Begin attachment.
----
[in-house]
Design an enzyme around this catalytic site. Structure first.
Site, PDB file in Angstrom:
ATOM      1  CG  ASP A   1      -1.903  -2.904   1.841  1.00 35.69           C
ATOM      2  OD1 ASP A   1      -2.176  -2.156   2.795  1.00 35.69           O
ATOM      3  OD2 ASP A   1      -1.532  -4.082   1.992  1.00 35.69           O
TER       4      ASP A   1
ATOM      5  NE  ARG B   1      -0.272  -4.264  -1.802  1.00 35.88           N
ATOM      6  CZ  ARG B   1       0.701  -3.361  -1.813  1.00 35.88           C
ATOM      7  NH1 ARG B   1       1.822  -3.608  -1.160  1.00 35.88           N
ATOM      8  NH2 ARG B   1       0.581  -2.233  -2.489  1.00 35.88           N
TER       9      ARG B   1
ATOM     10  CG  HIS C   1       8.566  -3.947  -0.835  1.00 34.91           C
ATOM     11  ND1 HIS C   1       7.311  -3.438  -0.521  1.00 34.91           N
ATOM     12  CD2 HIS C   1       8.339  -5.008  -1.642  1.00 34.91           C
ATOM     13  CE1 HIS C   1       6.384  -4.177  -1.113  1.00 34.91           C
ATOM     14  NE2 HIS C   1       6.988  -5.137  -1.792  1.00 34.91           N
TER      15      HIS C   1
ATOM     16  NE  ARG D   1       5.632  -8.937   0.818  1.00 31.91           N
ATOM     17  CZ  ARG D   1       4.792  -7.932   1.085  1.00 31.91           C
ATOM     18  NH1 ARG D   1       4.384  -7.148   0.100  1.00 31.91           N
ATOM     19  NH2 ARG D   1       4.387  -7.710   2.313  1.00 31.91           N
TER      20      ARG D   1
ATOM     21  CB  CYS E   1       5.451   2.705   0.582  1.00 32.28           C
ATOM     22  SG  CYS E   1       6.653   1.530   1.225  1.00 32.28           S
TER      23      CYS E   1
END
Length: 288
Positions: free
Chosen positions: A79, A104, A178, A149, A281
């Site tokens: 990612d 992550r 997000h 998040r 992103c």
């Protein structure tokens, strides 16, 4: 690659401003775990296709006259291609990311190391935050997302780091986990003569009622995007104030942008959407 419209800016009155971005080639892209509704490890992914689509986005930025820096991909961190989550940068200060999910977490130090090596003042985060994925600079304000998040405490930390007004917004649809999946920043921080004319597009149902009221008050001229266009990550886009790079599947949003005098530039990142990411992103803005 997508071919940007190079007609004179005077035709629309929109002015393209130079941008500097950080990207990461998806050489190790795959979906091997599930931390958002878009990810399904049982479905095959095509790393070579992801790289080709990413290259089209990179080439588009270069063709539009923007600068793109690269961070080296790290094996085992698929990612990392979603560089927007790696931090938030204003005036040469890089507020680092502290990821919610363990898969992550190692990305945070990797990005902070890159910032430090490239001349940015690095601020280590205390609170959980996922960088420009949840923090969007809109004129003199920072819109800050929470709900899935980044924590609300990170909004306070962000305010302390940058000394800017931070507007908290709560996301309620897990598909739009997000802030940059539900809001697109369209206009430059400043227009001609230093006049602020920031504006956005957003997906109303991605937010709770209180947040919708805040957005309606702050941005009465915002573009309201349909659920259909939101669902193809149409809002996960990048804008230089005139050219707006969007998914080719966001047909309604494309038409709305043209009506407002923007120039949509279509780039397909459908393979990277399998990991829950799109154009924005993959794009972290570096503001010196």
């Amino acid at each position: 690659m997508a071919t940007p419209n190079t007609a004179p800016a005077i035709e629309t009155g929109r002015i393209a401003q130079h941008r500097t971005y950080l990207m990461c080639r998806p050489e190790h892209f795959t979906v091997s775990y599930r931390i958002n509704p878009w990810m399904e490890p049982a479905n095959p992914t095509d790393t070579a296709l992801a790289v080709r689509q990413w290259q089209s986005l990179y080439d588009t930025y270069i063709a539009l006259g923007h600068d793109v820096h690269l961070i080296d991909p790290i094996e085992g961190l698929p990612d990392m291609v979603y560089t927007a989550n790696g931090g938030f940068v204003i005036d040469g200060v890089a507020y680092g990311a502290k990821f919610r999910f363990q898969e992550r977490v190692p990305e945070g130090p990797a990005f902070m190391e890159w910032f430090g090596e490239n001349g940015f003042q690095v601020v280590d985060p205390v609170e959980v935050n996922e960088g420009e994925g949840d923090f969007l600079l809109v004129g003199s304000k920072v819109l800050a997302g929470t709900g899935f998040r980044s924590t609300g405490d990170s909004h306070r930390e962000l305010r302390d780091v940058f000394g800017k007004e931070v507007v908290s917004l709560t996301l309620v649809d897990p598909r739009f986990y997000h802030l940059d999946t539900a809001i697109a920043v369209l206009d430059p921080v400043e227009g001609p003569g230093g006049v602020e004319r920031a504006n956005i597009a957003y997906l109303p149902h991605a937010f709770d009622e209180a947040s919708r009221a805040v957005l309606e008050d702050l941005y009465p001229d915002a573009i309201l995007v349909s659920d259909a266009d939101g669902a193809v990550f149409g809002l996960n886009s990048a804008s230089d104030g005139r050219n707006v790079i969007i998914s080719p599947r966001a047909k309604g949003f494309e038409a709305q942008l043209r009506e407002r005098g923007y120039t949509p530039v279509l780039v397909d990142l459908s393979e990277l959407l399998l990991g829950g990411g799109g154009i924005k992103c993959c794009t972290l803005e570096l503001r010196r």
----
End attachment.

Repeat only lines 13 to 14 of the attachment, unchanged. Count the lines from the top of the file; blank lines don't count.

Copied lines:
ATOM     10  CG  HIS C   1       8.566  -3.947  -0.835  1.00 34.91           C
ATOM     11  ND1 HIS C   1       7.311  -3.438  -0.521  1.00 34.91           N